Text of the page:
Warning Harlem: TikTok Is Becoming Scammers’ Favorite Platform

October 4, 2023

Careful, TikTok’ers. Not only are you being fed trash like how to shoplift and influencers trying to convince you something is safe, but since the TikTok Shop arrived in the U.S., users have been complaining about product scams.

With today’s sophisticated shopping scams, it’s not always clear whether a vendor is legitimate — especially when trying to snag the best deals.  So far, the roll call of Shop scams includes these ploys: online shopping scams, delivery scams and gift card scams. 

No, for the most part, those scams aren’t new, but they are effective. And they’re particularly efficient on TikTok because a third of that platform’s users are aged 18 to 24 – a demographic that hasn’t been exposed to social media scams like older Americans.

Forewarned is forearmed

ConsumerAffairs asked Darius Kingsley, head of Consumer Business Practices at Chase Bank, what anyone who’s on TikTok and new to scammania should know about these scams and how they can protect themselves.

Here’s what he had to offer:

Remember merchandise could be fake: “With the rise in social media shops and online marketplaces, be cautious with who you’re interacting with online,” Kingsley said.

“Scammers may take advantage of those scrolling social media and trick them into purchasing items that don’t actually exist, like concert tickets, cars from online auctions, or furniture for their new apartment. You may be asked to pay using Zelle, wires or gift cards, but don’t realize that once you send, you can’t get your money back.”

If you are the seller, don’t go off-platform to seal the deal. Scammers love trying to pull the wool over sellers’ eyes. Be prepared for a story or two about how your items would be perfect for a loved one, or they may ask you to send pictures or texts directly to them and off the platform and offer to close the sale offline.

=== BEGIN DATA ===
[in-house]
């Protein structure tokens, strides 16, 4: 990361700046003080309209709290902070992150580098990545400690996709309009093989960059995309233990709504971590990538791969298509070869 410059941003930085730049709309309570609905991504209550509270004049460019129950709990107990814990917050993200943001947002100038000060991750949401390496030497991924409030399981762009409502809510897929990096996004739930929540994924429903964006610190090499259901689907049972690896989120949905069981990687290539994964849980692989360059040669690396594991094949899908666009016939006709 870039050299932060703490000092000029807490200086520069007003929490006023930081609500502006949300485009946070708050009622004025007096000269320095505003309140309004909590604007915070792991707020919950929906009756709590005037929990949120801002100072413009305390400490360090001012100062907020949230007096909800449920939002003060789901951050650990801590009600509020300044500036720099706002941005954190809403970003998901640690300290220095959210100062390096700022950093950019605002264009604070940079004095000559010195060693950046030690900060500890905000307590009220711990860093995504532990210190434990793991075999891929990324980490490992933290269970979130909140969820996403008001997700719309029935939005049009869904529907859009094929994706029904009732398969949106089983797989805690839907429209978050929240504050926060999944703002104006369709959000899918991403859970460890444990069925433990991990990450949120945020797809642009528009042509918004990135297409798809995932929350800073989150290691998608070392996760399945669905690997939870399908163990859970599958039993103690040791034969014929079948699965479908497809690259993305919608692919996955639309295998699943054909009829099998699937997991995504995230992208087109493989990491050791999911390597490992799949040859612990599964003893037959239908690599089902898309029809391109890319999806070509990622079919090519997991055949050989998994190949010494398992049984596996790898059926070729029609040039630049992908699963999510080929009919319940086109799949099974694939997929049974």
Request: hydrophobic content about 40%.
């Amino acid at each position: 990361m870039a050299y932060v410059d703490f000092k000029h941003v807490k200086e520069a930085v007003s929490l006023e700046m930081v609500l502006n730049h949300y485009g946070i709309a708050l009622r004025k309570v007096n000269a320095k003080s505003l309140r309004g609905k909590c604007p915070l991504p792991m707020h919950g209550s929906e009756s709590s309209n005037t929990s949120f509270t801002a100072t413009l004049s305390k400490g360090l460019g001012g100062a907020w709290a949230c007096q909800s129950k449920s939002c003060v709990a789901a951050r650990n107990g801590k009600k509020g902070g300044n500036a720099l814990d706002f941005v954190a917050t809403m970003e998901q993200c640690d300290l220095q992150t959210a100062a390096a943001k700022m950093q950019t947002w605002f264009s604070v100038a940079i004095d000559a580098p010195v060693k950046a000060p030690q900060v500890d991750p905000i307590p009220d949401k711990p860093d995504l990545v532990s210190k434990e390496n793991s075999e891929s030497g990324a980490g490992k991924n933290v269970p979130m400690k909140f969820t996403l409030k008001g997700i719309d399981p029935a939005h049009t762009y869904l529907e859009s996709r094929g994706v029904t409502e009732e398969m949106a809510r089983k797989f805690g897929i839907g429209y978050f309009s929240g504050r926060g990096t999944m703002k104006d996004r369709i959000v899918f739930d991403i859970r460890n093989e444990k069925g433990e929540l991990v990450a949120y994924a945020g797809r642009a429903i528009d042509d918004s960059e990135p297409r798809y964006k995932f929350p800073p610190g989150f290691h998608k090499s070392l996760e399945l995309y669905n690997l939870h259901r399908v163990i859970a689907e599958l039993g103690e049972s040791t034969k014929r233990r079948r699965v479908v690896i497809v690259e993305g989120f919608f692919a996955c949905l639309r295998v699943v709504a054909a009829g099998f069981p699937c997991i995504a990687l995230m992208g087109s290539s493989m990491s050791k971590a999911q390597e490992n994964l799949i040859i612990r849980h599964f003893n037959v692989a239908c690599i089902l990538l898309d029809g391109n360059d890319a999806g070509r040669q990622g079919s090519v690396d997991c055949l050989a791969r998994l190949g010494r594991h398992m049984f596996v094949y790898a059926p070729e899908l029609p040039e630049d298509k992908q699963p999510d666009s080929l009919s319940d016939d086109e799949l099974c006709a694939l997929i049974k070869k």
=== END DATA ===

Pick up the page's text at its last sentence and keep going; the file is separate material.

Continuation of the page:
Kingsley said that once you take that bait, the scammers can attempt to scam you with a link to send money or confirm your account info as a way to steal your information.

Verify seller and product validity: Scam deals often have a “too good to be true” quality about them, so always shop online from reputable stores. “Look up the seller’s website, social media channels and search for the products to make sure they actually exist,” Kingsley suggests. “Fraudsters may create fake seller webpages that may appear real, so do your due diligence.” 

Think before you click: Other lures that scammers use to get some of your personal data are online and social media quizzes or gift card giveaways. Usually built within them is some type of request for your birthdate/birthday or your mailing address or email address. Kingsley says that those may seem innocuous, but they may be taken and used for scammers’ financial gain.

By submitting this form, you are consenting to receive marketing emails from: Harlem World Magazine, 2521 1/2 west 42nd street, Los Angeles, CA, 90008, https://www.harlemworldmagazine.com. You can revoke your consent to receive emails at any time by using the SafeUnsubscribe® link, found at the bottom of every email. Emails are serviced by Constant Contact
We're your source for local coverage, we count on your support. SUPPORT US!
Your support is crucial in maintaining a healthy democracy and quality journalism. With your contribution, we can continue to provide engaging news and free access to all.
accepted credit cards

Leave a Reply

Your email address will not be published. Required fields are marked *

You may use these HTML tags and attributes: <a href="" title=""> <abbr title=""> <acronym title=""> <b> <blockquote cite=""> <cite> <code> <del datetime=""> <em> <i> <q cite=""> <s> <strike> <strong>

This site uses Akismet to reduce spam. Learn how your comment data is processed.

Related Articles